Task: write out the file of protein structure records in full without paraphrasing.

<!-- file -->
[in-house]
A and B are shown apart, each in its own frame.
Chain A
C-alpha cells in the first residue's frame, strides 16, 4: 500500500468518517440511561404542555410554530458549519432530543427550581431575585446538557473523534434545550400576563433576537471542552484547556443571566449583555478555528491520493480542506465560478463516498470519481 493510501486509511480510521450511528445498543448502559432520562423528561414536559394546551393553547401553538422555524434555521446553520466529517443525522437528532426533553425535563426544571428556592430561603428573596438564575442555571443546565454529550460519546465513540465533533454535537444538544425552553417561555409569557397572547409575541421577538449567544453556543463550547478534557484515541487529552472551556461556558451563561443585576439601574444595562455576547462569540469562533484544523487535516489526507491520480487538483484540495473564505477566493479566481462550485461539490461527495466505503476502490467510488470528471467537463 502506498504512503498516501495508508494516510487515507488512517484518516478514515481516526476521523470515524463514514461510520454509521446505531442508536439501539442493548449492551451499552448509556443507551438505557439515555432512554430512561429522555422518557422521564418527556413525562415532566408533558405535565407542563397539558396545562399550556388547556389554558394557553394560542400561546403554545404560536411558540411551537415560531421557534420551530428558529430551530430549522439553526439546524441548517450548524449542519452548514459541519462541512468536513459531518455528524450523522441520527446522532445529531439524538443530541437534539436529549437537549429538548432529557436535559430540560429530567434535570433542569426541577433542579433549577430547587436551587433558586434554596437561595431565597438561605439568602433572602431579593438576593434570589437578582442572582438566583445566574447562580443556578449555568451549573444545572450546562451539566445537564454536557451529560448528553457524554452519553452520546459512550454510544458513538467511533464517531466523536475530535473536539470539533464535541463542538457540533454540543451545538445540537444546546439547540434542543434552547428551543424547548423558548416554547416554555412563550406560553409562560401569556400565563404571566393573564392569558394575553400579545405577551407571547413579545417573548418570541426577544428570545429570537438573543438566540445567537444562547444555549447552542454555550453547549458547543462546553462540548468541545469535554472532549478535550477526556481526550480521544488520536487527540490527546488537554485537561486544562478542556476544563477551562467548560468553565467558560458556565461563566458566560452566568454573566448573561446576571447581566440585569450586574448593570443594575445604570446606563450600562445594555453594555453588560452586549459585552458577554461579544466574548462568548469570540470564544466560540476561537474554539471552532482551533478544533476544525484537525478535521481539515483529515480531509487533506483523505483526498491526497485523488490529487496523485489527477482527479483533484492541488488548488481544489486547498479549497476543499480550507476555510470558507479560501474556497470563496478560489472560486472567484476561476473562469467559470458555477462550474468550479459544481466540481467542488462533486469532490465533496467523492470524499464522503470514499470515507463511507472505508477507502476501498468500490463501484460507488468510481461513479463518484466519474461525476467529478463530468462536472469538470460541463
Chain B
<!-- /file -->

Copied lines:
[in-house]
A and B are shown apart, each in its own frame.
Chain A
C-alpha cells in the first residue's frame, strides 16, 4: 500500500468518517440511561404542555410554530458549519432530543427550581431575585446538557473523534434545550400576563433576537471542552484547556443571566449583555478555528491520493480542506465560478463516498470519481 493510501486509511480510521450511528445498543448502559432520562423528561414536559394546551393553547401553538422555524434555521446553520466529517443525522437528532426533553425535563426544571428556592430561603428573596438564575442555571443546565454529550460519546465513540465533533454535537444538544425552553417561555409569557397572547409575541421577538449567544453556543463550547478534557484515541487529552472551556461556558451563561443585576439601574444595562455576547462569540469562533484544523487535516489526507491520480487538483484540495473564505477566493479566481462550485461539490461527495466505503476502490467510488470528471467537463 502506498504512503498516501495508508494516510487515507488512517484518516478514515481516526476521523470515524463514514461510520454509521446505531442508536439501539442493548449492551451499552448509556443507551438505557439515555432512554430512561429522555422518557422521564418527556413525562415532566408533558405535565407542563397539558396545562399550556388547556389554558394557553394560542400561546403554545404560536411558540411551537415560531421557534420551530428558529430551530430549522439553526439546524441548517450548524449542519452548514459541519462541512468536513459531518455528524450523522441520527446522532445529531439524538443530541437534539436529549437537549429538548432529557436535559430540560429530567434535570433542569426541577433542579433549577430547587436551587433558586434554596437561595431565597438561605439568602433572602431579593438576593434570589437578582442572582438566583445566574447562580443556578449555568451549573444545572450546562451539566445537564454536557451529560448528553457524554452519553452520546459512550454510544458513538467511533464517531466523536475530535473536539470539533464535541463542538457540533454540543451545538445540537444546546439547540434542543434552547428551543424547548423558548416554547416554555412563550406560553409562560401569556400565563404571566393573564392569558394575553400579545405577551407571547413579545417573548418570541426577544428570545429570537438573543438566540445567537444562547444555549447552542454555550453547549458547543462546553462540548468541545469535554472532549478535550477526556481526550480521544488520536487527540490527546488537554485537561486544562478542556476544563477551562467548560468553565467558560458556565461563566458566560452566568454573566448573561446576571447581566440585569450586574448593570443594575445604570446606563450600562445594555453594555453588560452586549459585552458577554461579544466574548462568548469570540470564544466560540476561537474554539471552532482551533478544533476544525484537525478535521481539515483529515480531509487533506483523505483526498491526497485523488490529487496523485489527477482527479483533484492541488488548488481544489486547498479549497476543499480550507476555510470558507479560501474556497470563496478560489472560486472567484476561476473562469467559470458555477462550474468550479459544481466540481467542488462533486469532490465533496467523492470524499464522503470514499470515507463511507472505508477507502476501498468500490463501484460507488468510481461513479463518484466519474461525476467529478463530468462536472469538470460541463
Chain B